Omega-3, mammographic density and breast cancer risk


Breast density is directly linked to breast cancer risk. Density is not size or firmness, but the balance of black and white that appears on a mammogram (breast density can be determined only by mammograms) and reflects the breast composition: amount of glandular, connective and fatty tissue. Breasts are considered dense if they have a lot of fibrous or glandular tissue but not much fatty tissue. On mammograms, dense tissue looks white and fatty tissue looks almost black; as tumours look white, it is more difficult to see them in dense tissue (for this reason, magnetic resonance is recommended for women at high risk). There are four categories of breast density: from almost all fatty tissue (1) to very little fatty tissue (4). High density is more common among white women and during the childbearing years, and decreases during menopause (when this doesn’t occur, it is considered higher risk). In general, women who have very dense breasts have a three to fivefold increased risk of developing breast cancer compared with women who have less dense tissue.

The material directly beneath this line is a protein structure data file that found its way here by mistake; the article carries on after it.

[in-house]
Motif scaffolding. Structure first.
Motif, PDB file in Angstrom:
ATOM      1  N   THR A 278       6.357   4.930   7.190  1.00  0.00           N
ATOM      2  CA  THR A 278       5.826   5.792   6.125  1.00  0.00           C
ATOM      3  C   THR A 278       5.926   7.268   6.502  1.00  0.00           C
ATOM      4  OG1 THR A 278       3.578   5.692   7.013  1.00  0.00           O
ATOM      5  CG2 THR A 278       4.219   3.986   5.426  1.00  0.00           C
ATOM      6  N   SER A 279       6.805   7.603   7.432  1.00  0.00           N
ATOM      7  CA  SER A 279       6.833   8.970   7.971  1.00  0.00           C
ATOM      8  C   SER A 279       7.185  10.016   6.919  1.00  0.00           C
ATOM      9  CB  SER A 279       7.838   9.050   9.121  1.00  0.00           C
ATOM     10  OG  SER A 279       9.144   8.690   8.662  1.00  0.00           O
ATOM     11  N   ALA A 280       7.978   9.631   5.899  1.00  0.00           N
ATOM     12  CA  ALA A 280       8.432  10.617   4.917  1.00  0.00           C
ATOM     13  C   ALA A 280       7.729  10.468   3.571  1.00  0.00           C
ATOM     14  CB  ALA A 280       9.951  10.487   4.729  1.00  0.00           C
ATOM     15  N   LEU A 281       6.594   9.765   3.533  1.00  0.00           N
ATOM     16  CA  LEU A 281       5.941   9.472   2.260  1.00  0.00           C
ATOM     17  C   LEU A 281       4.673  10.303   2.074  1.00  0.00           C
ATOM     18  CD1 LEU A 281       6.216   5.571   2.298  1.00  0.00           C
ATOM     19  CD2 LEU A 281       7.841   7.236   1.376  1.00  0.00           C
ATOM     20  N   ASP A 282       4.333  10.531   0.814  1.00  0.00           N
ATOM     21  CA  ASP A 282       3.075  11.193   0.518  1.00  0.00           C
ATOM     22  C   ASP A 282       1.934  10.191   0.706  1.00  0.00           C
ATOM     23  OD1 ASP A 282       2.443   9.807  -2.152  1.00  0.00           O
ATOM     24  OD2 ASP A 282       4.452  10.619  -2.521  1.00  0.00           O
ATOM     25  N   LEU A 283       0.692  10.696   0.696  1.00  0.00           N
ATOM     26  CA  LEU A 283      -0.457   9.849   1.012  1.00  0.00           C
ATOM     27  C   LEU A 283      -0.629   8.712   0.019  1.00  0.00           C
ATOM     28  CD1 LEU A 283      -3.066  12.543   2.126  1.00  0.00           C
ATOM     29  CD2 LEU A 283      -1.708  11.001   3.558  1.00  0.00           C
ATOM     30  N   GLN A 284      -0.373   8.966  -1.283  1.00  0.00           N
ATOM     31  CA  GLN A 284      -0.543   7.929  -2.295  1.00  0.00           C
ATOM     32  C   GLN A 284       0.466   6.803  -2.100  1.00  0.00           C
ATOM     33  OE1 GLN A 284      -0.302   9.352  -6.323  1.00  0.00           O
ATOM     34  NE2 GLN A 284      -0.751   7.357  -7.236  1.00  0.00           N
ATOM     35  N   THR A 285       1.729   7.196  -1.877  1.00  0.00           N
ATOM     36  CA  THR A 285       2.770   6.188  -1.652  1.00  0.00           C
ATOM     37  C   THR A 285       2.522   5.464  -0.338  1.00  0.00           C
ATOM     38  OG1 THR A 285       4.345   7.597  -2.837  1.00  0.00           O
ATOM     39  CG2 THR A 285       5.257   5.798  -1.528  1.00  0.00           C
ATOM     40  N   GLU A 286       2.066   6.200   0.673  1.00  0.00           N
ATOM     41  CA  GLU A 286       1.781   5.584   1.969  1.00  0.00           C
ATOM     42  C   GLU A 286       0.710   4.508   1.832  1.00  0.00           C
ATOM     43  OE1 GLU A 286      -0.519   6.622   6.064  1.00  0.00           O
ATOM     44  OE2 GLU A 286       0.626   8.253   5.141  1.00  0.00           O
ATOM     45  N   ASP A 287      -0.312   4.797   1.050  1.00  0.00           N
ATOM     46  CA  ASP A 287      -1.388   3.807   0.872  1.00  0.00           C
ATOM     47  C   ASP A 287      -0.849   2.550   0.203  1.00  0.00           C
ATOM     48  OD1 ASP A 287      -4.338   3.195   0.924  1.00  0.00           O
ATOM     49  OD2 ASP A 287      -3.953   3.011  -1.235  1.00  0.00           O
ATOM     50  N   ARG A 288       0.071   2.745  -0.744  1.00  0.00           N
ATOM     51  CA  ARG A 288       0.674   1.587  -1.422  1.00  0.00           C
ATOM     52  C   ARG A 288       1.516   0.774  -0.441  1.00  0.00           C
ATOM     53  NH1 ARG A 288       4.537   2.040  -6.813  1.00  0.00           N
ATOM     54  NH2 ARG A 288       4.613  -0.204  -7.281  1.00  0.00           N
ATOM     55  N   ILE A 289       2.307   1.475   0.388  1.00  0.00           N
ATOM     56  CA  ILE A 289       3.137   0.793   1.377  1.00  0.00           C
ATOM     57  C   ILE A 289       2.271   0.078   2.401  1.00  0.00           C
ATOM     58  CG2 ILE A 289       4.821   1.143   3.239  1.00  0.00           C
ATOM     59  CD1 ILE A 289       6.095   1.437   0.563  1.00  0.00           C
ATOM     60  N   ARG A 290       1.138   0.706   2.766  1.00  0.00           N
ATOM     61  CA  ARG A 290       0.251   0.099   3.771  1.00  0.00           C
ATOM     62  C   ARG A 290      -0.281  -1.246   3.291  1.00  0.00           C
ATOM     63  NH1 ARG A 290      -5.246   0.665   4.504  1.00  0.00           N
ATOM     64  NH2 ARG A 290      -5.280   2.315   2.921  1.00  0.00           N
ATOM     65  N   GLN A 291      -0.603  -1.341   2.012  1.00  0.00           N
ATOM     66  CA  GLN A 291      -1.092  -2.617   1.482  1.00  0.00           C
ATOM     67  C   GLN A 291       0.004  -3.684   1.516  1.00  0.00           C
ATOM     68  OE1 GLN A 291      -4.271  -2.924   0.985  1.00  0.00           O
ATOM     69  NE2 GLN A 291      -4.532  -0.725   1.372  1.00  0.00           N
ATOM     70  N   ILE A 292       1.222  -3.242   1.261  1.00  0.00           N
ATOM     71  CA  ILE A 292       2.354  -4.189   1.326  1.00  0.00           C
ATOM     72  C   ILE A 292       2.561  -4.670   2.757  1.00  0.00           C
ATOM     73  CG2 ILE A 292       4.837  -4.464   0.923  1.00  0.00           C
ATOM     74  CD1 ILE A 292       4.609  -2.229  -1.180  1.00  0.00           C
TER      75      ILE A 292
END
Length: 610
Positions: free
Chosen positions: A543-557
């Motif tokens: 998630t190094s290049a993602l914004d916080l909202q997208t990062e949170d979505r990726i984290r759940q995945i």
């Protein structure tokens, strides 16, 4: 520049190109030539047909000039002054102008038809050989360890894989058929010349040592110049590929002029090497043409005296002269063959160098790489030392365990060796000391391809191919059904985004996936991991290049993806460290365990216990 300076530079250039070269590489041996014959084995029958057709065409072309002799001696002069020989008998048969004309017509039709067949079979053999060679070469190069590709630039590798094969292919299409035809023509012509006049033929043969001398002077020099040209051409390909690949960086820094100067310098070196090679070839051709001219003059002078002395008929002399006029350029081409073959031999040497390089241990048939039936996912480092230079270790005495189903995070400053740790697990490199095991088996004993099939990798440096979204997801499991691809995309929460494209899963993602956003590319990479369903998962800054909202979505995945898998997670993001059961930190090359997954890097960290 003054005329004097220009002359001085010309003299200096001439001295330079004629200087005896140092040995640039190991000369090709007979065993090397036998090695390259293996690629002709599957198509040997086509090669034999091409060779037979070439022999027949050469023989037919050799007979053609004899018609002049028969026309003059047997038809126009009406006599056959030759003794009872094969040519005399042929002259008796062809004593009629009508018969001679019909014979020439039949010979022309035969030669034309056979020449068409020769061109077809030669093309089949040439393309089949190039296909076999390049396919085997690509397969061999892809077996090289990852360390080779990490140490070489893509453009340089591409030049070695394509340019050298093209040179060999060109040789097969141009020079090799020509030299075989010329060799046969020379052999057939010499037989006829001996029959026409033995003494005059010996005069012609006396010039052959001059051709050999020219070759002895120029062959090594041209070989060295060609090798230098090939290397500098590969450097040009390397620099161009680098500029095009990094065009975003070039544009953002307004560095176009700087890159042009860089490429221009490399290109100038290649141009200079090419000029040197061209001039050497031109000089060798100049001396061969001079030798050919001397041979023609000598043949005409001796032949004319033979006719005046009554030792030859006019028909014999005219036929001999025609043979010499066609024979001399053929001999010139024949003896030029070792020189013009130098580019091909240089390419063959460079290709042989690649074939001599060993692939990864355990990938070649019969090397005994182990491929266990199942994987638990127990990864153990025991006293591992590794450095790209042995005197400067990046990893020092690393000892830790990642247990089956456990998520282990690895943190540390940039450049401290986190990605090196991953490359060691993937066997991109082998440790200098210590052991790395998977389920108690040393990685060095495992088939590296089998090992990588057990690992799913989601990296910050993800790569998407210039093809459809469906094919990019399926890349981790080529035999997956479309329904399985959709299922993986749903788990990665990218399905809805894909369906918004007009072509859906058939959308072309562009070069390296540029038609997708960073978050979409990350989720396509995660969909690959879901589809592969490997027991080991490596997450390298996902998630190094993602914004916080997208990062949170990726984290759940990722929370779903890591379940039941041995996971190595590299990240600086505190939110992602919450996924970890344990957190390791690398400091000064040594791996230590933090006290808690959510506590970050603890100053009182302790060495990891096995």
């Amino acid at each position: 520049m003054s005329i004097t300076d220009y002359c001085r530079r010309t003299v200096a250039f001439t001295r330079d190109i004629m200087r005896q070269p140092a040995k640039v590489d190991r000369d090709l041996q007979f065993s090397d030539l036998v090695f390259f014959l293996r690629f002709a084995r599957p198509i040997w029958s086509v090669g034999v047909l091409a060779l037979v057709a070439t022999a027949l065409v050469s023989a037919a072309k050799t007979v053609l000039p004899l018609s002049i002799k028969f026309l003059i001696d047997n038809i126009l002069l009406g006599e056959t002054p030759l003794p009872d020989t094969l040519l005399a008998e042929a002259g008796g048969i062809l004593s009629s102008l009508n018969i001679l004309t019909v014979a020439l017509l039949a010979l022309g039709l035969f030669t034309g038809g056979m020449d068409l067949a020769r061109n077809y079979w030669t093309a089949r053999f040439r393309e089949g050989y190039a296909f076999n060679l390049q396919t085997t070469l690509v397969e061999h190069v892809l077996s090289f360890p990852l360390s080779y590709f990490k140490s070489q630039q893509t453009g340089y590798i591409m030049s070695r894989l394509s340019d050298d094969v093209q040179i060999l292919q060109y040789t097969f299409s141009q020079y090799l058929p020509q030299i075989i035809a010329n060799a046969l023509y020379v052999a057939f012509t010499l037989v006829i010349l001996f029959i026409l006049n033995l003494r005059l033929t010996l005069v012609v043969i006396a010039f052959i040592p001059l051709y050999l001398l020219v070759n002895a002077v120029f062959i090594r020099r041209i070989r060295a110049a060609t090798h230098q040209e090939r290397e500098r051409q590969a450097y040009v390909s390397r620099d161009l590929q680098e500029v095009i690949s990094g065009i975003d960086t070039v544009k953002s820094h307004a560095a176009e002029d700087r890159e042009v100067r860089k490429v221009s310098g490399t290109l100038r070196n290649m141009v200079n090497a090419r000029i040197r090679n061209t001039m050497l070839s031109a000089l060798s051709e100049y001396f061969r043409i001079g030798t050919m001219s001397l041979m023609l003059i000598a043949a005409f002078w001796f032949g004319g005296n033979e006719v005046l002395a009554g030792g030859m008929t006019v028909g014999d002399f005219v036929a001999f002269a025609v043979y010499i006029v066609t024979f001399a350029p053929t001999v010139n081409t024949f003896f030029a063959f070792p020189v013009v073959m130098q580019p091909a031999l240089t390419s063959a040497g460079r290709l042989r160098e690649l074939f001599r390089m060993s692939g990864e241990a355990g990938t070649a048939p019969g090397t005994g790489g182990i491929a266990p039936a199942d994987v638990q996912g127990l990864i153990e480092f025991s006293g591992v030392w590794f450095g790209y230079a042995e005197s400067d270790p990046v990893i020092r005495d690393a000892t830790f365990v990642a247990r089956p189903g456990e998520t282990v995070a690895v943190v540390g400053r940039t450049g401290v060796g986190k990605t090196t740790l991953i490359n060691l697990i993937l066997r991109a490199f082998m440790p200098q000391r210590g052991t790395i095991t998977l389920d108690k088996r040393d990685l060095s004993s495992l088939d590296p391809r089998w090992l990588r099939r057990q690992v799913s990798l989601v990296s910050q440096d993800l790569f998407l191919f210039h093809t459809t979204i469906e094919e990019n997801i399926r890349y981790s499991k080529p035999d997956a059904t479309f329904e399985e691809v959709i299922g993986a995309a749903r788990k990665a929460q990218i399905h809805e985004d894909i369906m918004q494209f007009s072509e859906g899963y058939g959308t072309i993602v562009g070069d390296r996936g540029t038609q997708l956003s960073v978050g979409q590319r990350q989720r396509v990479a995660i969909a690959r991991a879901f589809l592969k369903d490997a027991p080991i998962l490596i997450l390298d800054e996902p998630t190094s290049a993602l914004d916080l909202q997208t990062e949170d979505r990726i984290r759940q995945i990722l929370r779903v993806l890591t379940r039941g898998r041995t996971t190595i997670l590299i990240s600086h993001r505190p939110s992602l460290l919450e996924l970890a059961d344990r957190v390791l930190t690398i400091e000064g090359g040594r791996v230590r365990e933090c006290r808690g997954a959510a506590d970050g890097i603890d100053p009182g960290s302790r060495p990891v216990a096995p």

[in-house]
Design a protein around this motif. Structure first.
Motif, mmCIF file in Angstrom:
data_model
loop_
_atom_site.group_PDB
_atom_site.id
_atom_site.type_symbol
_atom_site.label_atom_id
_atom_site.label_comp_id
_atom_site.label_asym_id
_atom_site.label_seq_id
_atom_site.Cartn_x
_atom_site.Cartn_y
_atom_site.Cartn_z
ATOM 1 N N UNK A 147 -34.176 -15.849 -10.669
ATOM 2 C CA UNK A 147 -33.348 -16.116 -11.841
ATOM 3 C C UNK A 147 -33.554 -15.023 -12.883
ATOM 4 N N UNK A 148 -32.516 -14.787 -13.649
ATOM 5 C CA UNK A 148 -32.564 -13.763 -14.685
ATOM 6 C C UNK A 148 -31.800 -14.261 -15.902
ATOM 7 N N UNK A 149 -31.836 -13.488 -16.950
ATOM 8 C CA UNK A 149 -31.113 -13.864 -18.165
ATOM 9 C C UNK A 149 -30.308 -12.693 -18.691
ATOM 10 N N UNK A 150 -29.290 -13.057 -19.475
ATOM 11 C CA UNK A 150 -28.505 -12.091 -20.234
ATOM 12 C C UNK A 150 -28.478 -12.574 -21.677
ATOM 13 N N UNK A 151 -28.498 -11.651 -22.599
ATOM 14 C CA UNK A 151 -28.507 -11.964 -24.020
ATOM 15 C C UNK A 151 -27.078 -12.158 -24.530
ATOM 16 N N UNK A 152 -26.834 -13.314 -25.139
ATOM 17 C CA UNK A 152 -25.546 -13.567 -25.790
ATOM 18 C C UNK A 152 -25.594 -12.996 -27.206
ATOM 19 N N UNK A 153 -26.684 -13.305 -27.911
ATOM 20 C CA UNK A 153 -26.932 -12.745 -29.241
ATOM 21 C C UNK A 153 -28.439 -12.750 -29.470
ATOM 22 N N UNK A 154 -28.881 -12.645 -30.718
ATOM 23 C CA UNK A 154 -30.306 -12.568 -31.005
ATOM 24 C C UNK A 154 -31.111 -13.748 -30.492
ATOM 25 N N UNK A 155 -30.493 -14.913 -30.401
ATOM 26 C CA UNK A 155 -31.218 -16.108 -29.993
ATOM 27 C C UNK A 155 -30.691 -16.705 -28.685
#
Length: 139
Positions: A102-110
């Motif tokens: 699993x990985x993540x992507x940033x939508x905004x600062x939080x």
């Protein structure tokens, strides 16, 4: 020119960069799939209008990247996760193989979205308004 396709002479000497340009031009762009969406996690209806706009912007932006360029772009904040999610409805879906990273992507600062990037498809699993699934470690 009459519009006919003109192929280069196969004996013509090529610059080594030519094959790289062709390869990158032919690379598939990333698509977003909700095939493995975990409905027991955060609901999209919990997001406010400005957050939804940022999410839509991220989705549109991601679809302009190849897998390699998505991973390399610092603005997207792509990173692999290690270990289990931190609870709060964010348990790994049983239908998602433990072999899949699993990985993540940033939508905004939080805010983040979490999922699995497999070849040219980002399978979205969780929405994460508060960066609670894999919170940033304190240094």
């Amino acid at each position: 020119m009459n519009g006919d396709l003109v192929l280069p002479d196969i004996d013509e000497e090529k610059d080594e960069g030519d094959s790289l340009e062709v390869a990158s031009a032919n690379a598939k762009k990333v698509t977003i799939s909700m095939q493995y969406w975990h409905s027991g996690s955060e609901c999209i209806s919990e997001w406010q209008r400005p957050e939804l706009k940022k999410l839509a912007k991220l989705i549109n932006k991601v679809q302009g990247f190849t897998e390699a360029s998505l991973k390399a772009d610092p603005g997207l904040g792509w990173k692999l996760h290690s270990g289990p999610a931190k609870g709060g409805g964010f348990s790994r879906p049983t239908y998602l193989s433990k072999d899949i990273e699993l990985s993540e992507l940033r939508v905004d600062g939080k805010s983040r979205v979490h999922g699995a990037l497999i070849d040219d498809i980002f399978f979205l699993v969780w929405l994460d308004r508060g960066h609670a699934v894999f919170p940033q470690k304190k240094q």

Avoiding risk factors and increasing protective factors may lower your risk of developing breast cancer. We will discuss this in the next post.